What happens to a case that is stet? What is the “Stet docket” in Maryland? What does the word “stet” even mean? These are questions defense attorneys hear often from clients in regards to their criminal or traffic cases. It’s a word and concept that is fairly unique to criminal and traffic cases. Sometimes a stet can be a good option for a client to pursue, so it is important to understand what that option means.
Generally a stet in Maryland means that case is going to be inactive for a period of time (maybe 6 months or a year), usually in order for the defendant to complete some agreed upon conditions (for example, community service hours, counseling courses, anger management classes, payment of restitution, etc.). After the defendant successfully finishes up the conditions, there may be an agreement that the case will be then entered as a Nolle Prosequi–in other words the State will drop the charges. Of course, all cases will vary and it depends on the exact agreement that is worked out. Some counties in Maryland may not offer stet diversion for certain offenses, so it is important to check with a local attorney to see what the practice is in that area. Here are five key facts about the Stet docket that should help answer any questions as to what it means in Maryland:
1. Stet docket means the case is “inactive”
A case placed on the Stet docket becomes inactive and technically closed in the court system.
2. A case that has been Stet is NOT a conviction!
This is important to understand and is the key benefit for a defendant to having a case go on the Stet docket. The case has been moved on the Stet and is “inactive” and it is not a conviction. The defendant does not enter a plea of guilty or nolo contendere to the charge(s) for a Stet case, is not convicted by a judge, and is not given a sentence.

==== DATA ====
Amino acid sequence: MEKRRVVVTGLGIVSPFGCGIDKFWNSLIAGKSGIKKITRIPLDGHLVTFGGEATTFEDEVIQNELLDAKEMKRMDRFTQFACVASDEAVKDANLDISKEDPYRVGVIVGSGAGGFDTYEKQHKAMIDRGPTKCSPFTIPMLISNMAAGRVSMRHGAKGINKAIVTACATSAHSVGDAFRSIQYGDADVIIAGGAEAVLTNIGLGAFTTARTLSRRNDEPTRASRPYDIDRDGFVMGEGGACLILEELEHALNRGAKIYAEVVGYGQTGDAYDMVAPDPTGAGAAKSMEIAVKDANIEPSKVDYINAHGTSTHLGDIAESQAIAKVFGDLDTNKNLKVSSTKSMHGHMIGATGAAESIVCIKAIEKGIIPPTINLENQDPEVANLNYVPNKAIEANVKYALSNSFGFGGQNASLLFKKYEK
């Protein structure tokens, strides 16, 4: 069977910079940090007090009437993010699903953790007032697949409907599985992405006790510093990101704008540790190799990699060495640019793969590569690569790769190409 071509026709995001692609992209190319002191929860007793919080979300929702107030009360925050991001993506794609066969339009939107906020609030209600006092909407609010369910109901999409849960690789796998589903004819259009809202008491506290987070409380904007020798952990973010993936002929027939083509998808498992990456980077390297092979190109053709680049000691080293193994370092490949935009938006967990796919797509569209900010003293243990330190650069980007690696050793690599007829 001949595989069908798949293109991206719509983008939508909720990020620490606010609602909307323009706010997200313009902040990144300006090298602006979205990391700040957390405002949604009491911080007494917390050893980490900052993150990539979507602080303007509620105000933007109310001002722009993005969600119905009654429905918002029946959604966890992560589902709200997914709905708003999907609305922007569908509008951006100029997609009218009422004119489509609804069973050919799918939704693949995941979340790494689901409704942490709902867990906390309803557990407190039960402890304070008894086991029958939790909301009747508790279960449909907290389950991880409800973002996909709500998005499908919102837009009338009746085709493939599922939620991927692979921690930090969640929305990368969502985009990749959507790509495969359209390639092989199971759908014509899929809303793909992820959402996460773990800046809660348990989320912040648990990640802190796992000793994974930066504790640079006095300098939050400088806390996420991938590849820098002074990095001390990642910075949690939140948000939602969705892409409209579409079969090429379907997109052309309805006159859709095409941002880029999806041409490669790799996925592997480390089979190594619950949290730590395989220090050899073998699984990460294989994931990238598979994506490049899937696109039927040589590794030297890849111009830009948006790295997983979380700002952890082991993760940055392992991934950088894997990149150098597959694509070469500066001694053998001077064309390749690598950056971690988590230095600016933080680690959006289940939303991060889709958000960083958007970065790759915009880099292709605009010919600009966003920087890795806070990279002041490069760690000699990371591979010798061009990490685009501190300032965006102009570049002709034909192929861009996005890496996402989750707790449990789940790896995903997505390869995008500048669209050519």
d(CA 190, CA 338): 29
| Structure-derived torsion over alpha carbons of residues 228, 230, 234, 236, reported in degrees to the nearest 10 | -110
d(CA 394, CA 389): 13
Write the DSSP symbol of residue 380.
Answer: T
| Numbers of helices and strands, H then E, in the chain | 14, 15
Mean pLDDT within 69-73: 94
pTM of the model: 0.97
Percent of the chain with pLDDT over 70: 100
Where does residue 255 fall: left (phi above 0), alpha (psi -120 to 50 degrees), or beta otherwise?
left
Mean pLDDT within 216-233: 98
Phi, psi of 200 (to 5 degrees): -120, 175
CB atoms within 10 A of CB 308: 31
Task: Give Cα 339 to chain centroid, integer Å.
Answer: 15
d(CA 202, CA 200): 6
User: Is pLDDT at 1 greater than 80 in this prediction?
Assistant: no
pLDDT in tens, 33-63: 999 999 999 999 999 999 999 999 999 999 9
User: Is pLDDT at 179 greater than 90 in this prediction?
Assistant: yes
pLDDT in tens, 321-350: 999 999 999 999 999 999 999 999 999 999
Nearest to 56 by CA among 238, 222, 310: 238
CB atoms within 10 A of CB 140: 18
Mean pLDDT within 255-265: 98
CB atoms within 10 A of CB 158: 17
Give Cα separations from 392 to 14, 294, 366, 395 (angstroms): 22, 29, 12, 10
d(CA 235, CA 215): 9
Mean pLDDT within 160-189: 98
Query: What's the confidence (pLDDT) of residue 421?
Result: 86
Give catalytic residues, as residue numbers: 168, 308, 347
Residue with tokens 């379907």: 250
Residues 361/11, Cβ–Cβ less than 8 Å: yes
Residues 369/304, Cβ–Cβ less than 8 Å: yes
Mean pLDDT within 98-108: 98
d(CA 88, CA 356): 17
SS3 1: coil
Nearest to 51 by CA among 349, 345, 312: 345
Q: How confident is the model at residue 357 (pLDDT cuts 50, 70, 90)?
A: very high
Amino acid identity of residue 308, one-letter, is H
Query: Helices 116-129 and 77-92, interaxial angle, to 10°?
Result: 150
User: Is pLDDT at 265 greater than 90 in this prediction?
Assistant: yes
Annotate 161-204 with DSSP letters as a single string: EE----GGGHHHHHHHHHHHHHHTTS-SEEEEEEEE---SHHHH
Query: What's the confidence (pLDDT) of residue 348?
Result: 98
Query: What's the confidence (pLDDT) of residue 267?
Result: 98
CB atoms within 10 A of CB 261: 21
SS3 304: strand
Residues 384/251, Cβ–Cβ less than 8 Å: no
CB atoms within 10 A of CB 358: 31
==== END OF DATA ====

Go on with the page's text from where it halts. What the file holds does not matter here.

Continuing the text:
3. Defendant must waive his or her right to a speedy trial
Every person accused of a crime has the right to a speedy trial under the U.S. Constitution and under Maryland law. The Stet docket means the case is being placed as inactive–if there is ever a trial, which there may never be, it could come a lot later in time–and so the defendant must agree to waive speedy trial rights.
4. Despite being inactive, the case can be reactivated
The State can bring the case back as active if the defendant fails to abide by the conditions agreed upon. Just because a case is stet does not mean the defendant is home free–if they fail to follow the agreement and complete the conditions, the State may bring the case back and the defendant could be facing these charges all over again. The Defendant can also bring the case back for any reason within one year.
5. A Stet case is eligible for expungement
If a case is Stet and three years have passed since it was placed as Stet, then the defendant is eligible to have the case expunged.
Any other questions? Call the Law Offices of Christopher L. Peretti at 301-875-3472 for a free consultation to discuss your Maryland case or particular situation.